February 17, 2005 1:22 PM PST
Qwest move could keep MCI bid alive
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confident that our board has made the right decision for our shareholders, customers and employees," said Peter Lucht, a spokesman for MCI.
Qwest was not available for comment.
During Qwest's quarterly conference call with investors Tuesday, company CEO Richard Notebaert seemed disappointed with MCI's decision. But he did not indicate that Qwest would try to make a counter offer.
"There was $1 billion in cash left on the table," Notebaert said. "$1 billion is a lot of shareholder value to leave on the table. But that decision's been made, and it's time to move forward."
Although Qwest's offer was higher than Verizon's, some analysts argued that the Verizon deal is better for MCI in the long term.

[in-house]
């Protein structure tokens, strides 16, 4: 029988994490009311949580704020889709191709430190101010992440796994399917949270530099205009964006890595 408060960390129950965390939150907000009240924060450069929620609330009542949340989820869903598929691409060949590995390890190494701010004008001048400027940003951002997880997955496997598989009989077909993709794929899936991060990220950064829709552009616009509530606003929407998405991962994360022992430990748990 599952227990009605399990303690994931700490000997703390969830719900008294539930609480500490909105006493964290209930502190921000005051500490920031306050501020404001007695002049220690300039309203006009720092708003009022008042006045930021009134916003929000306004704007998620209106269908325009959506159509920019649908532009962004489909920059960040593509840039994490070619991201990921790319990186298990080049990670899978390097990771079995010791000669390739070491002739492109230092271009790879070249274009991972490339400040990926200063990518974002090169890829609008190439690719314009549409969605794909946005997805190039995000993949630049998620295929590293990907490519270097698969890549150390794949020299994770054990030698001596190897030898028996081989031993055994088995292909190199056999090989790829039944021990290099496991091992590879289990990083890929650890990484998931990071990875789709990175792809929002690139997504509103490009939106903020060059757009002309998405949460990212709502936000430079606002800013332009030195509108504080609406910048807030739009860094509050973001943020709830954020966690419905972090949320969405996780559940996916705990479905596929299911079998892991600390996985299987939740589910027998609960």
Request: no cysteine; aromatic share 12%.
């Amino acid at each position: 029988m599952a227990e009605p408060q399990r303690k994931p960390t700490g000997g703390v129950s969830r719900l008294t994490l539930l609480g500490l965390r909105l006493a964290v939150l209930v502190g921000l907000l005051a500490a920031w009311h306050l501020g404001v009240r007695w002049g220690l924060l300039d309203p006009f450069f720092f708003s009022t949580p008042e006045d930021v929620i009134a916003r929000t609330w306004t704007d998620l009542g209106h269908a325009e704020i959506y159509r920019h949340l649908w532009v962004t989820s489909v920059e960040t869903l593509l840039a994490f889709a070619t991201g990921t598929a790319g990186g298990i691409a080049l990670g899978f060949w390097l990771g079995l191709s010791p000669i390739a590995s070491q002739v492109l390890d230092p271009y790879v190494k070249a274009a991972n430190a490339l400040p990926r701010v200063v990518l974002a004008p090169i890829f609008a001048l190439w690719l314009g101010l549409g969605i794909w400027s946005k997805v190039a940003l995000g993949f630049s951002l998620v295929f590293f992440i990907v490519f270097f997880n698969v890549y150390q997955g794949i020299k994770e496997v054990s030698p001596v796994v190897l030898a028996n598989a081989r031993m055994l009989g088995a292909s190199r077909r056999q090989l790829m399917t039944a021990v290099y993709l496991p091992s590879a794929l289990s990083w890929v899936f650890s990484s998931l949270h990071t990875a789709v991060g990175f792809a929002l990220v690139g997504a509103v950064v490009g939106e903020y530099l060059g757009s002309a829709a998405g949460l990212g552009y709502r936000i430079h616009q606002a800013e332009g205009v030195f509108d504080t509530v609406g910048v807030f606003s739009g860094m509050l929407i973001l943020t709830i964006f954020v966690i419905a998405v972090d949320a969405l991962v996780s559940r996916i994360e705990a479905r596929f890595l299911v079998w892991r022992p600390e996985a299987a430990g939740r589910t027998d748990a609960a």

"The MCI shareholders that are complaining tend to be more short term-focused," said Brad Wilson, an analyst at Legg Mason. "I think the bondholders and the longer-term investors are looking at the Verizon deal the same way the board has."
The offers from Verizon and Qwest are made up mainly of stock equity. Wilson said that since Verizon's stock has historically been more stable, and because the company is financially more secure than Qwest, it offers longer-term investors more security.
Hasan said MCI investors have already seen the value of their investments increase as talk of an acquisition grew.
"It's a little disingenuous for the MCI shareholders to say they are getting a raw deal from Verizon, since the stock has been gaining on all the acquisition speculation," he said. "But shareholders are never happy with the price of an acquisition. It's in their nature to want the best price possible."